Front page of newspaper with the headline, "Before you vote: The Truth about coffee loans, electricity grid and milk prices."

3. How do we escape the echo chamber and burst the filter bubble?

I was among many who were dazzled and inspired by NPR’s live annotated fact checking of the debate speeches. And then I thought about whether a single person went to the site, planning to vote one way and then changed their minds based on the fact checking. The Newsplex team has been deliberate in presenting fact-checking evenly. In each addition of the Sunday paper, they dedicated one page to fact-checking: three about the incumbent and three about the main opposition party as well as ministers and gubernatorial candidates. Though they still fielded charges of bias, few question the substance of the fact checking.

One key to Nation Newsplex’s success is the focus on personalized data that makes people think beyond preconceptions. They returned again and again to topics such as prices of basic goods, yields of staple foods, issues affecting citizens every day beyond elections. By examining issues like factory jobs in dairy farms, lowering the cost of living and promises for free secondary education the journalists encouraged people to cut through the rhetoric and evaluate which candidates were promoting the best policies and achieving concrete results. Ideologically they may believe something but they are going to make decisions that are best for their families or communities. These types of stories are now popping up more and more in Western media: demonstrating that kicking out immigrants will not grow the economy, nor will bringing back coal or taking away people’s health coverage, but these stories were difficult to find pre-elections.

4. How can we have, and measure, impact?

There isn’t a very strong business model for public interest data-driven journalism and impact is notoriously difficult to measure in journalism. But there also isn’t a good business model for spending months coding the most compelling live election results map or creating the most sophisticated outcome predictor. With the resources it had, the Nation Newsplex emulated some parts of Western data journalism. The biggest project to date has beenDeadly Force, a database of police shootings modeled on the Guardian’s The Counted. By making police violence, equality in education, county governance and women in politics election issues, the Nation Newsplex turned the conversation serious, beyond politics as usual. Otieno said often a reader would comment that it was useful to be informed on that issue, even if it didn’t necessarily change the way they plan to vote.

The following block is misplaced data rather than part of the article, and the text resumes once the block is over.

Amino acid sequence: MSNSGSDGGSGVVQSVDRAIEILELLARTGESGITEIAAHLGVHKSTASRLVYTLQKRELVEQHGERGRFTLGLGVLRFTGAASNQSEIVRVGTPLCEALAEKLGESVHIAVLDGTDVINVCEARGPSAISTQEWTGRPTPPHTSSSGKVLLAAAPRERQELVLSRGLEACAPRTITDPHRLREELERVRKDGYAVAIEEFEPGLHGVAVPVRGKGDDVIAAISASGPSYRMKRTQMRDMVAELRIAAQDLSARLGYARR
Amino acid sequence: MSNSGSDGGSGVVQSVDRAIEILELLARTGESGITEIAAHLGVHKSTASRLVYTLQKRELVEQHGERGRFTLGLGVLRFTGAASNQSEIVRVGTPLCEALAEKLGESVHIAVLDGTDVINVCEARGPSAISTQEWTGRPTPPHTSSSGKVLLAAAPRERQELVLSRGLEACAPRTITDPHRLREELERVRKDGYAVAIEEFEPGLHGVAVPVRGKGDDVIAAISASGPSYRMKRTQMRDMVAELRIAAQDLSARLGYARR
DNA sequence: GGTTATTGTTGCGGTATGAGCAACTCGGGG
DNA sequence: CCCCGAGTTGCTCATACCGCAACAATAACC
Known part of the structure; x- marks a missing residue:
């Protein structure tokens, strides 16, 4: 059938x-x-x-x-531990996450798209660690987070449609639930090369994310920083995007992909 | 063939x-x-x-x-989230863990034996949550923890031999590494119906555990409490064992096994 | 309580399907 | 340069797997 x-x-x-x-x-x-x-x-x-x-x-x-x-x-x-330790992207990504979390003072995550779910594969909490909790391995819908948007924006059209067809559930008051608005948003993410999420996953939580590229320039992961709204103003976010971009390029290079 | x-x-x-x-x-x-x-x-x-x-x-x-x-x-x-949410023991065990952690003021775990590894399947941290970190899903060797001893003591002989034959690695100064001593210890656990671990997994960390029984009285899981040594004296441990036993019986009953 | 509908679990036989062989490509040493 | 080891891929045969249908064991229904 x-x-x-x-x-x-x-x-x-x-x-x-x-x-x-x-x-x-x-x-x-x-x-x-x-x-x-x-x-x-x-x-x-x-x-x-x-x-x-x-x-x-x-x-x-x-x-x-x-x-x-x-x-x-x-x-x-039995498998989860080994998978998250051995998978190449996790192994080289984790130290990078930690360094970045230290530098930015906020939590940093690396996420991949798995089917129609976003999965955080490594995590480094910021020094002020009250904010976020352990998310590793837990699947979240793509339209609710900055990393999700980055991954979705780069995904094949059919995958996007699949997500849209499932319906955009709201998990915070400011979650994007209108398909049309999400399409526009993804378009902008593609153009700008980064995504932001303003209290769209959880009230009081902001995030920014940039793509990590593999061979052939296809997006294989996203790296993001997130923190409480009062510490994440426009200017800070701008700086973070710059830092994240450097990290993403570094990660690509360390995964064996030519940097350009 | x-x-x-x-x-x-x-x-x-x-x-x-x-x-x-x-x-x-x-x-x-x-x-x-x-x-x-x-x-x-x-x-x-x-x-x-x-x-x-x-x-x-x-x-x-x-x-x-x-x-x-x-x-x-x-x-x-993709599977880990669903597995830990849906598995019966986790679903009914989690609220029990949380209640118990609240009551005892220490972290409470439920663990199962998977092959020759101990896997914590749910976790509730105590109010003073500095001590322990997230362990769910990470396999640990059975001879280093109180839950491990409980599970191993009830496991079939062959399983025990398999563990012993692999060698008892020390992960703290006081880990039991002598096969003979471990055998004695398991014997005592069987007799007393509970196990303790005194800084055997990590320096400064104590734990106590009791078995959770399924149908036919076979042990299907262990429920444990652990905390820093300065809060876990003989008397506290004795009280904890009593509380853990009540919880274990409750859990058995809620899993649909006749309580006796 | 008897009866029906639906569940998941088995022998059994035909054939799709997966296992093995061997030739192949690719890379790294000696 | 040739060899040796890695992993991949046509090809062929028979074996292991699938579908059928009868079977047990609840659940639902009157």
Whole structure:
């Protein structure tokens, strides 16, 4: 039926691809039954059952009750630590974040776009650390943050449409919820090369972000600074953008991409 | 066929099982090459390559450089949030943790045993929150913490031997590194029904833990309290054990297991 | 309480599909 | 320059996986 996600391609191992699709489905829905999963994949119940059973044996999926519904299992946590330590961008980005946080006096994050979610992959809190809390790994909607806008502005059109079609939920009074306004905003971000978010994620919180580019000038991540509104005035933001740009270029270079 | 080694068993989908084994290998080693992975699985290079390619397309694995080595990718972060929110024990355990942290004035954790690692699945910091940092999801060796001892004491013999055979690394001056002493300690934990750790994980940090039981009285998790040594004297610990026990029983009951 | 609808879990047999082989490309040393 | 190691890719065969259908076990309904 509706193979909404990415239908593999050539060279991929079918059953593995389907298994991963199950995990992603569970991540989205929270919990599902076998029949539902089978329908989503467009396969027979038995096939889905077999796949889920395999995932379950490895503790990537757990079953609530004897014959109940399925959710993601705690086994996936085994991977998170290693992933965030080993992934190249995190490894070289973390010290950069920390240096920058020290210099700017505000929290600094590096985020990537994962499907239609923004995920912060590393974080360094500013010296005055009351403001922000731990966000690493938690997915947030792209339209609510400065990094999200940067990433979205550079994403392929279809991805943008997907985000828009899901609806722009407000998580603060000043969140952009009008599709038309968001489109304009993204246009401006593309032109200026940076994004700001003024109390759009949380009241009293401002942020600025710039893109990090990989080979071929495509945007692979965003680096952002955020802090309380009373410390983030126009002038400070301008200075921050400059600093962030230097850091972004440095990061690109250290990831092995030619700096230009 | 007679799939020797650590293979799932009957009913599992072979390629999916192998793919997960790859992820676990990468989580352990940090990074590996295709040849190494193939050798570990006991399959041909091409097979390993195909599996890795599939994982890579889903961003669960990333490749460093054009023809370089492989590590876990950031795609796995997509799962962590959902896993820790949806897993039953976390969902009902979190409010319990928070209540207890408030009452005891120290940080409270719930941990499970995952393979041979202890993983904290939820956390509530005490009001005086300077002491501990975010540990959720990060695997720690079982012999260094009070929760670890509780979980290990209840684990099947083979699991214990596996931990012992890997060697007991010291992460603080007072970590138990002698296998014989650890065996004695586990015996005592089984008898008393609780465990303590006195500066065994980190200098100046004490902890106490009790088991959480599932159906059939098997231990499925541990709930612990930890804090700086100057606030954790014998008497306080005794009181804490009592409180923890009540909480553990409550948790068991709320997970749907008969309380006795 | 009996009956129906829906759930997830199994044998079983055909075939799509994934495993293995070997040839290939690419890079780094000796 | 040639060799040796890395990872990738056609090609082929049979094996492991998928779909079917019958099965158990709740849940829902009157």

Screen shot of a web page: Deadly Force - People killed by the police in Kenya.

The Newsplex team also prioritizes integration both into other newsroom desks and other Nation Media Group outlets partially to maximize resources. For Deadly Force, it worked with both the Nation crime reporter and the county bureaus to investigate certain anomalies, such as Nyanza, where large numbers of political demonstrators and bystanders had been killed by police. Sometimes they run fact checking alongside traditional stories to provide context and explanation. Otieno explained that in a country obsessed with politics, more people are engaging in informed debates after learning about policy through the newspaper, online, on TV or from a teacher or colleague.

5. Are nonprofit news sites just creating more content for elites who already read a lot of news?

A recent post from NiemanLab brought up that crucial question. Kenya is unique in both its media consumption habits and its passion for political participation. A study by the Kenyan Audience Research Foundation and reported by the Star found most people still prefer traditional media for news. It is not uncommon to see a single newspaper copy passed around an office from managers, to staff, to cleaning personnel to drivers. In the 2017 elections, voter turnout was 79 percent, compared to 58 percent for the last US presidential elections and 72 percent for the EU referendum. The Newsplex teams to continue its mission after the elections, whatever the outcome. They will take the winning party’s policy promises and begin to measure whether they are meeting those pledges all the while striving to stay on neutral ground and address issues relevant to a diverse country.

Outside Kenya, the continued fragmentation of audiences mirrored by growing global inequality do not bode well for a resurgence in trust of mass media. But running away from mass media in favor of specialized elite media may leave out the very audiences who have been alienated by the current system.

Eva Constantaras is a data journalist & trainer having misadventures in investigative #datajournalism #opendata bouncing around Africa, Asia, MENA, LAC. @Googlescholar @Internews